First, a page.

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ALLSTATE INDEMNITY COMPANY, Appellant, v. Lesley Armstrong WISE a/k/a Lesley Armstrong, John Richard Jablon, Jr., Cathy Burkholder, and Van McArthur Brown, Appellees.
Allstate Indemnity Company complains of the circuit court's refusal to declare that the appellees' injury claims were excluded from coverage under an automobile liability policy issued by Allstate. We affirm.
Allstate's insured, Lesley Armstrong, led a state trooper on a bizarre automobile chase that began when the trooper tried to apprehend Armstrong on a theft charge. In the end, Armstrong was charged with fleeing and eluding a law enforcement officer, reckless driving and running a stop sign. During the episode Armstrong was involved in two motor vehicle accidents. In the first, she lost control of her automobile when she applied her brakes at a crowded intersection. She struck a truck in which John Jablon and Cathy Burkholder were riding. Armstrong managed to drive away from the accident scene, still in flight from the state trooper. As the chase continued, she ran a stop sign and struck a car driven by Van Brown.
Jablon, Burkholder and Brown asserted claims under the bodily injury liability portion of Armstrong's automobile insurance policy. In response, Allstate sued for a declaratory judgment that the claims were not covered by virtue of a policy exclusion for intentional acts. That language reads:
ALLSTATE will not pay for any damages an insured person is legally obligated to pay because of:
9. Bodily injury or property damage which may reasonably be expected to result from the intentional or criminal acts of an insured person or which are in fact intended by an insured person.
Following a bench trial, the circuit court found that although Armstrong was intentionally fleeing from the state trooper when the first accident occurred, there was no evidence that she intentionally drove her vehicle into the truck occupied by Jablon and Burkholder. Similarly, the court determined that there was no evidence that Armstrong intended to collide with Brown when she ran the stop sign. Citing the Florida Supreme Court's decision in Prudential Property & Casualty Insurance Co. v. Swindal, 622 So.2d 467 (Fla.1993), the court held that under this subjective test the policy exclusion did not apply. It rendered judgment against Allstate.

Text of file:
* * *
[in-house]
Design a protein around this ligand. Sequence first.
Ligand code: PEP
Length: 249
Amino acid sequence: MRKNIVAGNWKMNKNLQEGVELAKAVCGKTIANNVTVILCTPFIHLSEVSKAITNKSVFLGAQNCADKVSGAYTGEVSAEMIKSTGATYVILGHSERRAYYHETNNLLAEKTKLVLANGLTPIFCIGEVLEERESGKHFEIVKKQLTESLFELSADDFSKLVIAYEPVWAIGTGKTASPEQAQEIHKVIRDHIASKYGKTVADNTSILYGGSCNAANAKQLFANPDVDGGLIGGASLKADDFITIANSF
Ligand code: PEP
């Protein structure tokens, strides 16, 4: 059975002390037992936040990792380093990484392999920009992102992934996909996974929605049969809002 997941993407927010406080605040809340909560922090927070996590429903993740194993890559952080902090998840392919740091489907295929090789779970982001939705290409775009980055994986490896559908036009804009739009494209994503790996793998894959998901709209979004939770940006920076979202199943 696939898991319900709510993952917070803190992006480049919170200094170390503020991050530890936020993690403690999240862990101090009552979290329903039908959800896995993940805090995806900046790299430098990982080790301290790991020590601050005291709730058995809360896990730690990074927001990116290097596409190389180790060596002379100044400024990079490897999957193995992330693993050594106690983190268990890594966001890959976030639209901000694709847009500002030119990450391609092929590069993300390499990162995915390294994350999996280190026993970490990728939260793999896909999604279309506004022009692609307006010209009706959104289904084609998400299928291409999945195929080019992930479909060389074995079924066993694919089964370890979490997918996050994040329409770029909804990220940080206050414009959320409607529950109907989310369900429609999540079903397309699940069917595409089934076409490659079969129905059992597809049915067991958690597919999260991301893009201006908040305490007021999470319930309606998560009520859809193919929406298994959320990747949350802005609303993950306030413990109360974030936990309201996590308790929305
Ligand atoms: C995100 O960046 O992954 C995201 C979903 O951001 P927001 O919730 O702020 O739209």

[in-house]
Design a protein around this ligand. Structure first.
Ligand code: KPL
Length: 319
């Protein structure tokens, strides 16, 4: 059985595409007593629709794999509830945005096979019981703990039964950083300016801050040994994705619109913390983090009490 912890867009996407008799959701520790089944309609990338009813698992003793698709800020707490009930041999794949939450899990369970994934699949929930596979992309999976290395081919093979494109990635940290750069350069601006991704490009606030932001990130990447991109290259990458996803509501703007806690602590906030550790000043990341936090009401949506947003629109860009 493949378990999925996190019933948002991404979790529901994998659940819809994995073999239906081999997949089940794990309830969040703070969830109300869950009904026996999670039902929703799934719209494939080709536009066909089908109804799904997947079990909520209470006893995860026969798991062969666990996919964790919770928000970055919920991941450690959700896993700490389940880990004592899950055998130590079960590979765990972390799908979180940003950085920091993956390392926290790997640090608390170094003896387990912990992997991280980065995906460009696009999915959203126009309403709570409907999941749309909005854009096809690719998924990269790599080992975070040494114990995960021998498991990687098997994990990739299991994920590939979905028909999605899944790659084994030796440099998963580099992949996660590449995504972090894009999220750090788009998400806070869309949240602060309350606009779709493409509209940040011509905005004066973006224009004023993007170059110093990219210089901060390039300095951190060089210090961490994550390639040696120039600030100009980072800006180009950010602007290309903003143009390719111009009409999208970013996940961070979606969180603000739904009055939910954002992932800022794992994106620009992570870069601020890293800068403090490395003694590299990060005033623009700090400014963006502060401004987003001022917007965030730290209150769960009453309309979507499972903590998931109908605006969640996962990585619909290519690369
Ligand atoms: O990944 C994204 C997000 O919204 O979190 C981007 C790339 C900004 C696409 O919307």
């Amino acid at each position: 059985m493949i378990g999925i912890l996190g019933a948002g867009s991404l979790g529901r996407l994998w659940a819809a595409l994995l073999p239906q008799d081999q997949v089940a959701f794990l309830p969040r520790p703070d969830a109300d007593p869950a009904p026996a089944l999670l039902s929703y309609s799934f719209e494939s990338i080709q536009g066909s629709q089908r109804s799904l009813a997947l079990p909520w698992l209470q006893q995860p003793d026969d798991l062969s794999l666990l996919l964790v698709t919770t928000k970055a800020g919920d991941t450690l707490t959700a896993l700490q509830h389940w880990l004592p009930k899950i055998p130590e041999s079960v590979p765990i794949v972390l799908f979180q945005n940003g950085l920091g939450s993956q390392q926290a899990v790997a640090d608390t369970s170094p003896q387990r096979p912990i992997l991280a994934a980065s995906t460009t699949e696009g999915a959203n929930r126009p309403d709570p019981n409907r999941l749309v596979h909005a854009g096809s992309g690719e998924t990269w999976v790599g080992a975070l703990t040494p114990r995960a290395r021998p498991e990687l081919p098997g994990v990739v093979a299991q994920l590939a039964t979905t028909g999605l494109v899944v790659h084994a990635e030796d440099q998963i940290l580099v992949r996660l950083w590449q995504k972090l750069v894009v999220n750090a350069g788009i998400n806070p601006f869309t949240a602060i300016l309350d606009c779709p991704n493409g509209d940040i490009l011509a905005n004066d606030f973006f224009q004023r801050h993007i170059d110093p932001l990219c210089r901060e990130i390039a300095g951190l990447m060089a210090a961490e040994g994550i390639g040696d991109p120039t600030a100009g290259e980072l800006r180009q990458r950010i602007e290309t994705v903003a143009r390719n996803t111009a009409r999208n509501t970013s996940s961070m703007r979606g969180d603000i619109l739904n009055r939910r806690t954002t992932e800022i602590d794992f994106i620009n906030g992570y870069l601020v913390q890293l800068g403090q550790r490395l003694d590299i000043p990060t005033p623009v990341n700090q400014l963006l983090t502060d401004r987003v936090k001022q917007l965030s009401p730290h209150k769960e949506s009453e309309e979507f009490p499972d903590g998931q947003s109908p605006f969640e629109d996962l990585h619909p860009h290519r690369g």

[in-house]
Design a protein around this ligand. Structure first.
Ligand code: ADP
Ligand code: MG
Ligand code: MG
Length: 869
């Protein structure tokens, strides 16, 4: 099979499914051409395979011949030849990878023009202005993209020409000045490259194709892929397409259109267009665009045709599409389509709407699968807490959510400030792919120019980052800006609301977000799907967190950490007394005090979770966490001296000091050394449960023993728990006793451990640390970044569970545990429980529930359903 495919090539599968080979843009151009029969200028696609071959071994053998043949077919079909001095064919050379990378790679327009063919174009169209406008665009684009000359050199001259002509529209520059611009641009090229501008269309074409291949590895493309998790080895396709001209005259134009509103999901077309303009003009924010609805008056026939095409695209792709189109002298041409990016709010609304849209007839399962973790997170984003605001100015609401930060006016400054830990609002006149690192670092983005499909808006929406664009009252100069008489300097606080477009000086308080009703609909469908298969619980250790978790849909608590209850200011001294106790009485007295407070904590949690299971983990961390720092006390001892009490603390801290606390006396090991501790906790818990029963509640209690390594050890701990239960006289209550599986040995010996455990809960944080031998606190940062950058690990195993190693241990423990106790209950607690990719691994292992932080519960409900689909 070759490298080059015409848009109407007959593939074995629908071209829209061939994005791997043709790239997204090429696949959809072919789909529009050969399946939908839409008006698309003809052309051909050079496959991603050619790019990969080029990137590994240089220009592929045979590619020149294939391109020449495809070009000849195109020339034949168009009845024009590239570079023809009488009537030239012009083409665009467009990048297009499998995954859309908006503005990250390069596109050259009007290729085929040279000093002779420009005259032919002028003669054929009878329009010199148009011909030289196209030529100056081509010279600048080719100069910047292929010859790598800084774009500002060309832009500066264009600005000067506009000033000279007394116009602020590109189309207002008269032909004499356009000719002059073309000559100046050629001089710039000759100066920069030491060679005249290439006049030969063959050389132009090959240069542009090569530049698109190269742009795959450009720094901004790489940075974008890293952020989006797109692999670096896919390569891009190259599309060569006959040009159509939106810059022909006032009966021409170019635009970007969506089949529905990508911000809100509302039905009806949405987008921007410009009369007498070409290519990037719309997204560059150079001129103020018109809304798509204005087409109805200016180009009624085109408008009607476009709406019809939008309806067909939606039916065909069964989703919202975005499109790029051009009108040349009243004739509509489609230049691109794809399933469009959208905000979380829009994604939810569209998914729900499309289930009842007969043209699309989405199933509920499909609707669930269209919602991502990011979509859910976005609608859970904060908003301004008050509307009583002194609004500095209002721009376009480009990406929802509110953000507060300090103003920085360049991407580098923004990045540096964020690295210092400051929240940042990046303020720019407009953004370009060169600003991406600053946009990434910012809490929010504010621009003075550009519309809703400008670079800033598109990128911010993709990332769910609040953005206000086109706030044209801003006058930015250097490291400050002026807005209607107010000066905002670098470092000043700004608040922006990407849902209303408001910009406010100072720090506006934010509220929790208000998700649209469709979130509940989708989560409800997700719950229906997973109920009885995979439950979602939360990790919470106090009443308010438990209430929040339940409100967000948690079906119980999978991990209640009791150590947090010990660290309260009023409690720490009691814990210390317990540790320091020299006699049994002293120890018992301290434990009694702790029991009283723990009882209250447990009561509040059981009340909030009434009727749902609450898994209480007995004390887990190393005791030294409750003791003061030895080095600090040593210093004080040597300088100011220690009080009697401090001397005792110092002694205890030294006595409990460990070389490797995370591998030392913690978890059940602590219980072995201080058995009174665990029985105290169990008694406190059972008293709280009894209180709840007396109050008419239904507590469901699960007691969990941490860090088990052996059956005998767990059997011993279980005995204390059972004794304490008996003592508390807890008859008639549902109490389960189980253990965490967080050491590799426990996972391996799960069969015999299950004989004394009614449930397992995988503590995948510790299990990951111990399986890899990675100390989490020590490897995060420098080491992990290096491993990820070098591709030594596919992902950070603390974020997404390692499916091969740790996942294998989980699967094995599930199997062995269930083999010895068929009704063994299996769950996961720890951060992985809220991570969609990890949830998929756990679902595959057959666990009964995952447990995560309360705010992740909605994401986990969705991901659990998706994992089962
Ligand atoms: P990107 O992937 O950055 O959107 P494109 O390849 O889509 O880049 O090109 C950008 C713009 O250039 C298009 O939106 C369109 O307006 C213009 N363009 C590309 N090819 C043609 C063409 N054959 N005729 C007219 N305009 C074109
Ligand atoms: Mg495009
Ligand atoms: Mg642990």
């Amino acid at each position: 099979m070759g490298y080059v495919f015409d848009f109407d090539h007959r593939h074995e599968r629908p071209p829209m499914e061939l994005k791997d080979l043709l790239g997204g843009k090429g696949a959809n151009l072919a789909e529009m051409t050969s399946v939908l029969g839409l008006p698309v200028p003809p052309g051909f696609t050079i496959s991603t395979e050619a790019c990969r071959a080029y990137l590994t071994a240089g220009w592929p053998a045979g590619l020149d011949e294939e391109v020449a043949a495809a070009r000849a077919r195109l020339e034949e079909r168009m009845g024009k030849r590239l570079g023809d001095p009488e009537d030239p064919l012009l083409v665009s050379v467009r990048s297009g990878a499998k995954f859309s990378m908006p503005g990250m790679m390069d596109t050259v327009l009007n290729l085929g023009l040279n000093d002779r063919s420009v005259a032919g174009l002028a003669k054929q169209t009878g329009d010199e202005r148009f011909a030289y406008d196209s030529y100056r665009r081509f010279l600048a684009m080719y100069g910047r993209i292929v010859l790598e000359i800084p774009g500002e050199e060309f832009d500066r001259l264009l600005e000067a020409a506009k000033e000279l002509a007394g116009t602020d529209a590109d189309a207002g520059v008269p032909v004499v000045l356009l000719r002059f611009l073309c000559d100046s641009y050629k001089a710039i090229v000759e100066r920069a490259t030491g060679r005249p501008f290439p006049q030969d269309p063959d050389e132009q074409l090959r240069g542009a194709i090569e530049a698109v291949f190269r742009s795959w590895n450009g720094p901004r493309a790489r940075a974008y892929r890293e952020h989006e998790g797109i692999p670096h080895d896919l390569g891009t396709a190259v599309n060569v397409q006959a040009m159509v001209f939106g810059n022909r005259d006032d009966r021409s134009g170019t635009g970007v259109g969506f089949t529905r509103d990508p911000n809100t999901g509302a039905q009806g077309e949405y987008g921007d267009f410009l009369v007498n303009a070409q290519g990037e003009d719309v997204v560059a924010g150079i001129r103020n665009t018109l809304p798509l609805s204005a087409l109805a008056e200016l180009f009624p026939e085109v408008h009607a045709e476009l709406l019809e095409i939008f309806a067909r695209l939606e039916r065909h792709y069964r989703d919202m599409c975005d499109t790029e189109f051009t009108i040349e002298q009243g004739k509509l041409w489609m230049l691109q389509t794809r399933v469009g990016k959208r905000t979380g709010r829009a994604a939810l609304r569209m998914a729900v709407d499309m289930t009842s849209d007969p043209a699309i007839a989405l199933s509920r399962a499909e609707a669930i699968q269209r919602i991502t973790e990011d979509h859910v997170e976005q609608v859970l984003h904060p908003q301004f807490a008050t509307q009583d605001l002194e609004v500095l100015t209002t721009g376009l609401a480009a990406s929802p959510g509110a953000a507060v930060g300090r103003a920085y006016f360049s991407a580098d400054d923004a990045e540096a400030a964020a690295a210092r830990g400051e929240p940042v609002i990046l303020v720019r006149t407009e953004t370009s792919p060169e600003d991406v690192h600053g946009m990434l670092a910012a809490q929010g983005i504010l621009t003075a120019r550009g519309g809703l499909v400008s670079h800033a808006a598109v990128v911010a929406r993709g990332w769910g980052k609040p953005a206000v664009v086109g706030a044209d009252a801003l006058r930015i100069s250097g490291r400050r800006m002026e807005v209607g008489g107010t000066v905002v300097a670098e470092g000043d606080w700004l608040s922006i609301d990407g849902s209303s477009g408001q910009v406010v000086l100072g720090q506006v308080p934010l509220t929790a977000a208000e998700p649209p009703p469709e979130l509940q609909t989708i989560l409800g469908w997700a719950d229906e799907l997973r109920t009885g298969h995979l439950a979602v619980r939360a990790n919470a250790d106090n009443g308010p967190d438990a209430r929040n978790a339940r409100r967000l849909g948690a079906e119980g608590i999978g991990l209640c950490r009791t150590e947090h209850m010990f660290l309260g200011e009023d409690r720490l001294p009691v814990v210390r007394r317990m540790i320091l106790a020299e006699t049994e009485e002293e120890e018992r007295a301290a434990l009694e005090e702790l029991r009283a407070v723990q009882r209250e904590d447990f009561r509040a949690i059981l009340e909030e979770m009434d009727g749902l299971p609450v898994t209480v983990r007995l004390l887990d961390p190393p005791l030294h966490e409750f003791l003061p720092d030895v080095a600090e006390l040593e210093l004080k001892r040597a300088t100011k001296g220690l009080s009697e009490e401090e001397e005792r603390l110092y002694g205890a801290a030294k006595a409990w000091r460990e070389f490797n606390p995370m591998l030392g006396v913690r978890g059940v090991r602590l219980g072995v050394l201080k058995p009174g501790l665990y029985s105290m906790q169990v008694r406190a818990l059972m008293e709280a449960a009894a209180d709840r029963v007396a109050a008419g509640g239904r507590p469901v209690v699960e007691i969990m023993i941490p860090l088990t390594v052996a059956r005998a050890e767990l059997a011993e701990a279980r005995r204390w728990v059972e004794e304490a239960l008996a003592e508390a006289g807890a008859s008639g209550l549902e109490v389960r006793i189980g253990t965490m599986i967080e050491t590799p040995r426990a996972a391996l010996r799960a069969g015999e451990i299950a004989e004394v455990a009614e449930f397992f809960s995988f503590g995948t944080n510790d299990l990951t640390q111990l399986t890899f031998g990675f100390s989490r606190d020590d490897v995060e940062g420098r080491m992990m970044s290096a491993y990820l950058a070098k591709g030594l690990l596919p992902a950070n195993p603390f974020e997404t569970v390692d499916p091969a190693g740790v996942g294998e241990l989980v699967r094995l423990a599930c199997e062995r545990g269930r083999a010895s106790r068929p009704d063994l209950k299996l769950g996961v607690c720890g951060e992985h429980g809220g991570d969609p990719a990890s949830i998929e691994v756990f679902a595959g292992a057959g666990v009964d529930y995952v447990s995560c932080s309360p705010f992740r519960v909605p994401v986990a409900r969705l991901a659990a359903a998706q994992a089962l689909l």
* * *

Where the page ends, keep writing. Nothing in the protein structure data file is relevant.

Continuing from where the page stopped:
In Swindal, our supreme court reaffirmed that Florida law requires both an intent to act and a specific intent to injure in order to bring a loss within the ambit of an intentional act coverage exclusion. There, the intentional act of pointing a gun at the victim coupled with the intent to injure would trigger the exclusion clause. But liability coverage would lie if the factfinder concluded that the shooter's act was “accidental,” i.e., that he lacked the intent to injure. The court declared that neither Landis v. Allstate Insurance Co., 546 So.2d 1051 (Fla.1989), nor State Farm Fire & Casualty Co. v. Marshall, 554 So.2d 504 (Fla.1989), had changed the law. In Landis, the court held that an intentional injury exclusion clause excluded coverage for injuries suffered by children who were sexually molested while under the care of the insured because it found that an intent to injure is inherent in the act of sexually abusing a child. Marshall held that an intentional injury exclusion clause excluded coverage where the insured acted in self defense when he hit his attacker in the head with a gun.
The Swindal court recounted that application of a subjective test to determine the operation of an intentional acts exclusion is well established in Florida:
Florida law has long followed the general rule that tort law principles do not control judicial construction of insurance contracts. Insurance contracts are construed in accordance with the plain language of the policies as bargained for by the parties. Ambiguities are interpreted liberally in favor of the insured and strictly against the insurer who prepared the policy. Thus, intentional act exclusions are limited to the express terms of the policies and do not exclude coverage for injuries more broadly deemed under tort law principles to be consequences flowing from the insured's intentional acts.
Swindal, 622 So.2d at 470 (citations omitted). See also Allstate Ins. Co. v. Travers, 703 F.Supp. 911 (N.D.Fla.1988) (holding that insured's subjective intent to cause result must be shown in order for injury to be deemed “intentional injury” under exclusion).